Around 20% of Assam’s population (6.5 million) is directly associated with 800 large tea plantations. The tea garden community comprises multi-ethnic groups of workers and their dependents, including children. While the region is renowned for producing more than 50% of tea in India, the tea garden workers have been historically suppressed and alienated from mainstream development and record low progress on human development indicators, particularly in areas like education, health and sanitation, housing condition, nutrition, per capita income.
Years of planned exclusion coupled with lack of access to entitlements and social security have confined a large section of the tea plantation workers to intergenerational poverty. Recurring floods in the region further aggravates the dismal condition. Save the Children has been working with children and their families across 35 big tea plantations in Sonitpur, Biswanath and Dibrugarh districts of Assam since July 2014. Adolescent groups were formed in intervening tea gardens, and over the years, they have emerged as trained leaders on child rights & protection issues. One such story of a child leader is Radha Kurmi’s.

Radha, 17, a student of class IX is a resident of Jungle Line, Lepetkatta Tea Estate, lives with her mother, father and two elder brothers. Her mother, Gangu Rajak* (35), is a daily wage earner, and her father, Mangal Rajak* (43), is a tea estate worker. Radha loves going to school. She is a part of the 20-member adolescent group in her tea estate. She was introduced to various aspects of child rights during a training session in 2019.

Since then, there has been no stopping her. She has been working extensively with children in her tea garden areas to educate them on child protection issues. She leads the children’s group in her community and works closely with the Village Child Protection Committee as a child leader. As the group leader, she holds regular meetings to discuss various issues related to child rights. During one such meeting, the group decided to adopt a different approach and formed a theatre group. Through this medium, they wanted to sensitize communities on children’s rights. Save the Children supported grooming the group to script street theatre and build awareness among children and the tea estate community.

During the pandemic, when children of tea workers were having trouble accessing their classes due to poor connectivity and financial reasons, Radha took it upon herself to ensure learning continuity. She brought up the matter with the local Panchayat. With their support, she could enrol eight boys and girls to school and mobilised the Panchayat to ensure that local teachers take physical classes at the village community hall by maintaining COVID appropriate behaviour.

Radha and her group also proactively prevented at least five child marriages with the support of the Village Child Protection Committee members. She also intervened when she found a girl, Asha, was being physically assaulted by her neighbours. Asha couldn’t understand why they were treating her badly and blamed herself for the harassment that her mother was facing. The experience had left her deeply scarred.

“I was devastated when Asha shared her traumatic experience. But I knew what I had to do. I reached out to the Village Child Protection Committee to ensure necessary protection is given to Asha. It takes time to change the system, but that should not deter the healing process and empathise with the family going through trauma,” articulated Radha with determination to resolve the issue.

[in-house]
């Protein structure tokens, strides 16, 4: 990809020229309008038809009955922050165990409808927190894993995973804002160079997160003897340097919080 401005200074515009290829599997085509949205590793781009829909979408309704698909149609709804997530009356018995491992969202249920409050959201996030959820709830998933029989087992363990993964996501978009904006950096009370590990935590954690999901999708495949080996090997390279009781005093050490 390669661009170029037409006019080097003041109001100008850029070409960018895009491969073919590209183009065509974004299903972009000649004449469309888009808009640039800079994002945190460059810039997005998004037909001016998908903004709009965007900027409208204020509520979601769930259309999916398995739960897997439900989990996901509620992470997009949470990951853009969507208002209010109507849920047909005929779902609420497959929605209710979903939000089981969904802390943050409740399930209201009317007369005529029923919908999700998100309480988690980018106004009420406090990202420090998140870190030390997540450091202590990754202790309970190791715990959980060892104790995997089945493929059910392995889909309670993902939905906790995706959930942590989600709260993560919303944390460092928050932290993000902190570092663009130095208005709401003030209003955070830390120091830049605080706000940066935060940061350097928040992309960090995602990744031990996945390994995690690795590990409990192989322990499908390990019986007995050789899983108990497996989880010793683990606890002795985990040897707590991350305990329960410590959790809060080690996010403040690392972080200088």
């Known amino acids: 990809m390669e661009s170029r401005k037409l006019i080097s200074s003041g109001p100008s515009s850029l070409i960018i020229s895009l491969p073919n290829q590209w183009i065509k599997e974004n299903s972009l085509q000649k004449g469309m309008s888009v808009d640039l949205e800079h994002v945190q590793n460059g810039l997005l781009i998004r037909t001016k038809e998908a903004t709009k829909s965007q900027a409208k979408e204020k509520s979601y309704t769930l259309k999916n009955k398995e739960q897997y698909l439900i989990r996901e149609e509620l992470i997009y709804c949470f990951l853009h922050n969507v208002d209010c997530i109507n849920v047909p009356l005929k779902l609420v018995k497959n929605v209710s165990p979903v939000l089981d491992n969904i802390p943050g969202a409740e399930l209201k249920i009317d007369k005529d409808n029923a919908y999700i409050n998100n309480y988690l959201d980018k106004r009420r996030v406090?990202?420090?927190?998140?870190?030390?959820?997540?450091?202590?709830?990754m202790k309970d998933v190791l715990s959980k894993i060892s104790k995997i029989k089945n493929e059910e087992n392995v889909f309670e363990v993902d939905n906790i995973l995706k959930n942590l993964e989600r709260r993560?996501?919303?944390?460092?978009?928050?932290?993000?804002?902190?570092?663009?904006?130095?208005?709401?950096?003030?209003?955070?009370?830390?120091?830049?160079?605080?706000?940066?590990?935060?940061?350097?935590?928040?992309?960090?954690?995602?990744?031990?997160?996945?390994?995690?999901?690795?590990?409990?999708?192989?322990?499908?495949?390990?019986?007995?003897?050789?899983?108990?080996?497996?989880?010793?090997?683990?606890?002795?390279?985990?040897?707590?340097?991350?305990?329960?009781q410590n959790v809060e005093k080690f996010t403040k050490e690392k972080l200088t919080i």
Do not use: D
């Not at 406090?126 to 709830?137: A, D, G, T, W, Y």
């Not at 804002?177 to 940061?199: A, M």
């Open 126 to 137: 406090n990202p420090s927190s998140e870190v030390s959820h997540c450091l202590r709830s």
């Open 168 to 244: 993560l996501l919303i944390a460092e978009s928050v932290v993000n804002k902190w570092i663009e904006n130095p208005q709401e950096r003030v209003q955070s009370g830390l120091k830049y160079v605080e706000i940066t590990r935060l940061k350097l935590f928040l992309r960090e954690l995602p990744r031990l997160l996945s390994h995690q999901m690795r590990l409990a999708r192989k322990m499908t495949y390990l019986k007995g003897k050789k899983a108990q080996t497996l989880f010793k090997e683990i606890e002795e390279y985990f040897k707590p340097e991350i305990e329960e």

She, along with Save the Children’s Community Mobiliser, Manu, counselled Asha and her parents and lodged a complaint with the local police station. They also sought support from the Child Welfare Committee in the district.
Save the Children, with the support of the District Child Protection Unit and Village Child Protection Committee, ensured that proper complaint was lodged regarding the case. The family is currently receiving ration as well as psycho-social support.

“Radha is like a Messiah to us, the way she listened to our crisis and took the decision to refer the case to the child protection committee, I am thankful to her. Her presence of mind and attitude is praiseworthy. I wish her good luck,” said Asha’s mother.

With Save the Children’s help, Radha extended psychological support through telephonic conversation to little girls and their families on child protection issues. Radha makes it a point to give Asha a call every day, ask her about her well-being, and counsel her to continue her studies.

“To me, freedom means every child enjoying their rights to the fullest. That’s why we are trying to sensitize our communities about various aspects of child rights; it is only through this we can develop as a nation,” shares Radha.

Girls face greater risk of early marriage than boys. School closures and the discontinuation of education during the pandemic have exacerbated the risks of early marriage. Disruption in child protection and related services due to COVID-19 has further enhanced the risks of early marriage

Through empowering children and communities in tea plantations of Assam, Save the Children addresses abuse and exploitation of children. Tea producing companies and plantations, farmer producer organisations, unions and associations related to tea plantations are being sensitised on child rights. Child protection mechanisms at the district level are constantly being strengthened to address, refer and respond to cases of child labour, violence and abuse of children.

“Child leaders like Radha are our inspiration to work among communities and ensure every last child is protected,” said Manu, Save the Children’s Field Coordinator.

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